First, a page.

Chinese conglomerate Fosun’s UK affiliate acquires City of London’s Royal Exchange for US$58.4m
The UK affiliate of Chinese conglomerate Fosun International has acquired the iconic Royal Exchange in the City of London for £45 million (US$58.4 million).
Resolution Property has bought four floors of the building with 68,000 square feet of office space from European investment firm Marcol. The ground floor of the building was excluded from the sale.
The grade 1 building, completed in 1844, sits in the historic heart of the Square Mile near the Bank of England.
Market observers expect annual rental yield at Royal Exchange to fetch as much as 5.9 per cent.
Fosun acquired 60 per cent of Resolution Property for €15.6 million (US$17.9 million) in 2015 and uses the asset management company as a platform for property purchases in Europe.
A Resolution spokesman told the Post that the purchase of Royal Exchange involves investments from a third-party investor, and that Fosun was not involved.
In August, billionaire tycoon Guo Guangchang, Fosun’s co-founder, said that the company will continue to hunt for deals in the US, Europe and Africa to expand its global footprint.
“We believe our investments in the US will still be welcome, and we have seen more investment opportunities in Europe,” said Guo.
While the Chinese conglomerate has repeatedly emphasised that it will continue to hunt for overseas expansion, the company has toned down its overseas shopping spree since Beijing imposed a series of measures and policies tightening movement of capital out of the country.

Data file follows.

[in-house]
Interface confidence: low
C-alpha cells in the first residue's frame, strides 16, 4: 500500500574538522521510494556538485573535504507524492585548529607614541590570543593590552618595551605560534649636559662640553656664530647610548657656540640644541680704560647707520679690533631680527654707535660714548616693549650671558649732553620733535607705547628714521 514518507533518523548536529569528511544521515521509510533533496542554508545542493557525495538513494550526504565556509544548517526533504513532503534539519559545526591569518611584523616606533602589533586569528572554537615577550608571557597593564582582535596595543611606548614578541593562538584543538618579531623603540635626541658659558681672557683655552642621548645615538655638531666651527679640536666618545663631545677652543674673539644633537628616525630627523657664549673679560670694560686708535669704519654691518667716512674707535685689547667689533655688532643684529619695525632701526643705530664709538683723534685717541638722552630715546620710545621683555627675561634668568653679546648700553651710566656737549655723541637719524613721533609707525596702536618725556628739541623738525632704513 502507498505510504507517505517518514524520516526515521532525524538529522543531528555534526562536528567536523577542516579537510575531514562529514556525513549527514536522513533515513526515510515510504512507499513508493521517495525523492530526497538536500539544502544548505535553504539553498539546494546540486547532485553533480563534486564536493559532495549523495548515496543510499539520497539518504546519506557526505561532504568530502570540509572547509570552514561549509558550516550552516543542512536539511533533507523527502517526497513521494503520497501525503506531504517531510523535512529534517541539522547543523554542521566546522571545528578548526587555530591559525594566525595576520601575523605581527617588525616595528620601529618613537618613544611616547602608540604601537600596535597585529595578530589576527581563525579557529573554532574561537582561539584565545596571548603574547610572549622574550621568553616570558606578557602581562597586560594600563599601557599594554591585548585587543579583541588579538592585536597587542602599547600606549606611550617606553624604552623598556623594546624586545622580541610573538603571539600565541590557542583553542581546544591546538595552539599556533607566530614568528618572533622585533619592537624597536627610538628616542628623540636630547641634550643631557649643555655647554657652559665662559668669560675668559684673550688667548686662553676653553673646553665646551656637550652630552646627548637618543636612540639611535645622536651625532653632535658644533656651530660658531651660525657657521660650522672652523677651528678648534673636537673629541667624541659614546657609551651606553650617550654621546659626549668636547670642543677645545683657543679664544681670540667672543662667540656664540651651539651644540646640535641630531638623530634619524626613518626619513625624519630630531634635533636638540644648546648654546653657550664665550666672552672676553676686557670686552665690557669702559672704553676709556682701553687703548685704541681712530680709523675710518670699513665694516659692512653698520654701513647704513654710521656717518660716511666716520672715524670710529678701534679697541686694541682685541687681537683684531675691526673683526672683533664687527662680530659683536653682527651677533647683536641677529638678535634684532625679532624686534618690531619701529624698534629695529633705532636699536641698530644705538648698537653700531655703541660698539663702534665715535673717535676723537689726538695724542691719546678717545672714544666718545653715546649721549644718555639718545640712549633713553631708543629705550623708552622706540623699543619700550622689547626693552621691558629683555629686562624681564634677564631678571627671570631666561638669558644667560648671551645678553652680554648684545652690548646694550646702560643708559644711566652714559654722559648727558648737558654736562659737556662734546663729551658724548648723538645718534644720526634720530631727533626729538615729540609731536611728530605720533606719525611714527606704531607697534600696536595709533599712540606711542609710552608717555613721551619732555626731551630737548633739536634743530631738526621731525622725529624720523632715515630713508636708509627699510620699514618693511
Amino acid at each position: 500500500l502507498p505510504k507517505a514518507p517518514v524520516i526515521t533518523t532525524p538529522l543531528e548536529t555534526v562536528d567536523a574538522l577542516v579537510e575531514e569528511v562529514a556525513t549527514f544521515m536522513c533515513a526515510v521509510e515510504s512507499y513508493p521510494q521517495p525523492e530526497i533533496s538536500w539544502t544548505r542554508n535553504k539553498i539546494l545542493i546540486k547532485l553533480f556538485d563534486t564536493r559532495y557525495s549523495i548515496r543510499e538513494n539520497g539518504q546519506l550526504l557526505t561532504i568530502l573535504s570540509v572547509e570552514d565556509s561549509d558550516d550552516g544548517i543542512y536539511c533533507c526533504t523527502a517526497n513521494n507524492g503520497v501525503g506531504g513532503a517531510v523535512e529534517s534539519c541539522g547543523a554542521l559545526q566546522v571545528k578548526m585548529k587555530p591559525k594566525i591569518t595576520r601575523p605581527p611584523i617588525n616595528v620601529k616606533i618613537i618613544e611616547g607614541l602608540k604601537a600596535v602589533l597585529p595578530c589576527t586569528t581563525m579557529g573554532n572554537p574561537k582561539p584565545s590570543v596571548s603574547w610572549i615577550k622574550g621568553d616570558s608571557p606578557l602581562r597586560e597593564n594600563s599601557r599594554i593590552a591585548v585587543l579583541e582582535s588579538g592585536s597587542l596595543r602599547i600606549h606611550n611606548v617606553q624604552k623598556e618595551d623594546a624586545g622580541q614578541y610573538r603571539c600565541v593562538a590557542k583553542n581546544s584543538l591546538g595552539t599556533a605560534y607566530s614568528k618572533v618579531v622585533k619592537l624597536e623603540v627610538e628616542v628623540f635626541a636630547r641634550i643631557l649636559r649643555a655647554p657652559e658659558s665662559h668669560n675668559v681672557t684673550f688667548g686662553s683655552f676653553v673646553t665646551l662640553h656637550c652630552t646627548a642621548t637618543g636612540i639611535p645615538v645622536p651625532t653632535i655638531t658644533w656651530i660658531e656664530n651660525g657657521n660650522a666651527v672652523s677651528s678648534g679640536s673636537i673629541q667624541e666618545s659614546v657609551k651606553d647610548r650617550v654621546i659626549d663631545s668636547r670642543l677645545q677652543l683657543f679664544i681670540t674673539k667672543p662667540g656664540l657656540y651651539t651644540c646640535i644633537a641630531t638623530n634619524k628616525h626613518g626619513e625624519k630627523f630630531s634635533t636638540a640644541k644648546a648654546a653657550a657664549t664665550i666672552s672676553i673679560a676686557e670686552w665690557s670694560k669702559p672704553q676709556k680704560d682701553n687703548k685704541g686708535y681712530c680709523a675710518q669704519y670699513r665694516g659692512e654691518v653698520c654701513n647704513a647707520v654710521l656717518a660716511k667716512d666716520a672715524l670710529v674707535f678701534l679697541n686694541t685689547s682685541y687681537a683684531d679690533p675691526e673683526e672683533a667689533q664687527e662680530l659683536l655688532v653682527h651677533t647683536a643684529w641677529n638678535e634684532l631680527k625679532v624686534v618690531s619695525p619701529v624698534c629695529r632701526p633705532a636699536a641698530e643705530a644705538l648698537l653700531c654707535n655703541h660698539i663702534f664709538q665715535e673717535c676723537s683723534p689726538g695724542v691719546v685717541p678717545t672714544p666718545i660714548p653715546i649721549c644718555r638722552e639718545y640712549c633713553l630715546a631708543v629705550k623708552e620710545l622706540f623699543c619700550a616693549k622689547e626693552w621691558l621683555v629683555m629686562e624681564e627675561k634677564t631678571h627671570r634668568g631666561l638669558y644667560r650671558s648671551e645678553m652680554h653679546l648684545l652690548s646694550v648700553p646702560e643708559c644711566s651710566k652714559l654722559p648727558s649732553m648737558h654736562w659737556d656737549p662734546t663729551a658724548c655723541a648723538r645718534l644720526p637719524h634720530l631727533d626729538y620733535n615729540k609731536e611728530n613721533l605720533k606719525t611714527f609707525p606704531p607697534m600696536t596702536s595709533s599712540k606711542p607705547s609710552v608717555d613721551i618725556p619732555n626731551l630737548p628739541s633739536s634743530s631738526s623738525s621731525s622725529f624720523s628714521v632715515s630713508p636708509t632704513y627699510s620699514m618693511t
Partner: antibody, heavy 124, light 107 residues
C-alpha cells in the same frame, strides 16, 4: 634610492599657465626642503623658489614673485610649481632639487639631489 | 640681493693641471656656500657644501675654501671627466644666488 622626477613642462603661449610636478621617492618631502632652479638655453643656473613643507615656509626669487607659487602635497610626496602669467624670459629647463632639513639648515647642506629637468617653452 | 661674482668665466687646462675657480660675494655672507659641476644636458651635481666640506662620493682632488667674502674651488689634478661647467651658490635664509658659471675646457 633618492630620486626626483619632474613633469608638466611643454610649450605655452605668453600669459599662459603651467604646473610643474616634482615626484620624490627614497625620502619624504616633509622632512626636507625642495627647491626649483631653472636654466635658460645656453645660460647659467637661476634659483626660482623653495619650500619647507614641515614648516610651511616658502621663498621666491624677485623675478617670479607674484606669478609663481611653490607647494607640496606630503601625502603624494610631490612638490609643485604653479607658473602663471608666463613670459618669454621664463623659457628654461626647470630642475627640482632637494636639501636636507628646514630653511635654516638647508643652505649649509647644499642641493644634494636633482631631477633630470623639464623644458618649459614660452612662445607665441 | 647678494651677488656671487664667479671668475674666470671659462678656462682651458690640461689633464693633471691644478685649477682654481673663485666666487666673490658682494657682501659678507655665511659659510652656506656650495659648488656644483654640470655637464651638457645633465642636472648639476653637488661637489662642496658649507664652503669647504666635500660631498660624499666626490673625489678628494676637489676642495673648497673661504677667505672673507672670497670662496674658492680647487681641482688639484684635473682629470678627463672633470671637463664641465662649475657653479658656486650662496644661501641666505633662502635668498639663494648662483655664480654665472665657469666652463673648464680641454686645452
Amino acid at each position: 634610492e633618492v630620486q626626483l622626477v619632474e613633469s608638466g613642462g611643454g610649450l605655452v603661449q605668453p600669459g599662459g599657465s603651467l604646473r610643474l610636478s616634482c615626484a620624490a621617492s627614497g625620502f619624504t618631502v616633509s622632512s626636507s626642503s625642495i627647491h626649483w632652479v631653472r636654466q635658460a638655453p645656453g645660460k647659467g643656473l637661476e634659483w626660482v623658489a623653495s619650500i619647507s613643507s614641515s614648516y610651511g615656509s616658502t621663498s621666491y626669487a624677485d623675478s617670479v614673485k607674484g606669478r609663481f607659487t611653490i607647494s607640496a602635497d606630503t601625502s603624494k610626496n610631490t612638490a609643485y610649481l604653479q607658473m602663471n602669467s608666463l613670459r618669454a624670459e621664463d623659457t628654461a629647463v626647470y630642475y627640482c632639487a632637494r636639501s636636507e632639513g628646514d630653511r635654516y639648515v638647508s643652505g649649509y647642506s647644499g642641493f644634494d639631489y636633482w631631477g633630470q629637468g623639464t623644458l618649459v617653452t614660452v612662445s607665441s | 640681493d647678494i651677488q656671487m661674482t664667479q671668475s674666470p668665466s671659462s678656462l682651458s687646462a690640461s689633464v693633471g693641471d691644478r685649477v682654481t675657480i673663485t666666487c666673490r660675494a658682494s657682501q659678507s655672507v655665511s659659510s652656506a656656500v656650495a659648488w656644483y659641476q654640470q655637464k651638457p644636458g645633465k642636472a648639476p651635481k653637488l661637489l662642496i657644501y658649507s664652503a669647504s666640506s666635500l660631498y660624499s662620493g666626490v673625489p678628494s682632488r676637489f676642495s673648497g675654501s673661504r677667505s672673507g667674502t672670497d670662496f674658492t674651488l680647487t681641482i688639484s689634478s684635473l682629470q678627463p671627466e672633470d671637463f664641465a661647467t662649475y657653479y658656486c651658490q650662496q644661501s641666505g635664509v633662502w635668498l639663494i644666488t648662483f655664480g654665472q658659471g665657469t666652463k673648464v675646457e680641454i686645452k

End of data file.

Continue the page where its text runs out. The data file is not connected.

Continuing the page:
The last overseas move made by Fosun was in February when it acquired a controlling stake in the 129-year-old French fashion house Lanvin.
In 2017, Beijing began subjecting companies that have made significant overseas investments to regulatory scrutiny. Fosun, along with Anbang Group, Dalian Wanda Group and HNA Group, was put under regulatory spotlight for borrowings racked up to fund its acquisitions.
Since then, Angbang, Wanda and HNA have been busy offloading overseas assets to comply with Beijing’s guidelines.
However, analysts see that while some companies with solid track record of making sensible overseas investments, can still get the go-ahead under the right circumstances.
“A lot of companies have been doing outbound investment for a long time. They have reputable local partners, do not overbid and have proved that their overseas investments are for the purpose of diversifying their portfolios for better returns,” said Paul Guan, partner in the real estate practice of Paul Hastings. “The door on overseas investments in real estate has not shut down.”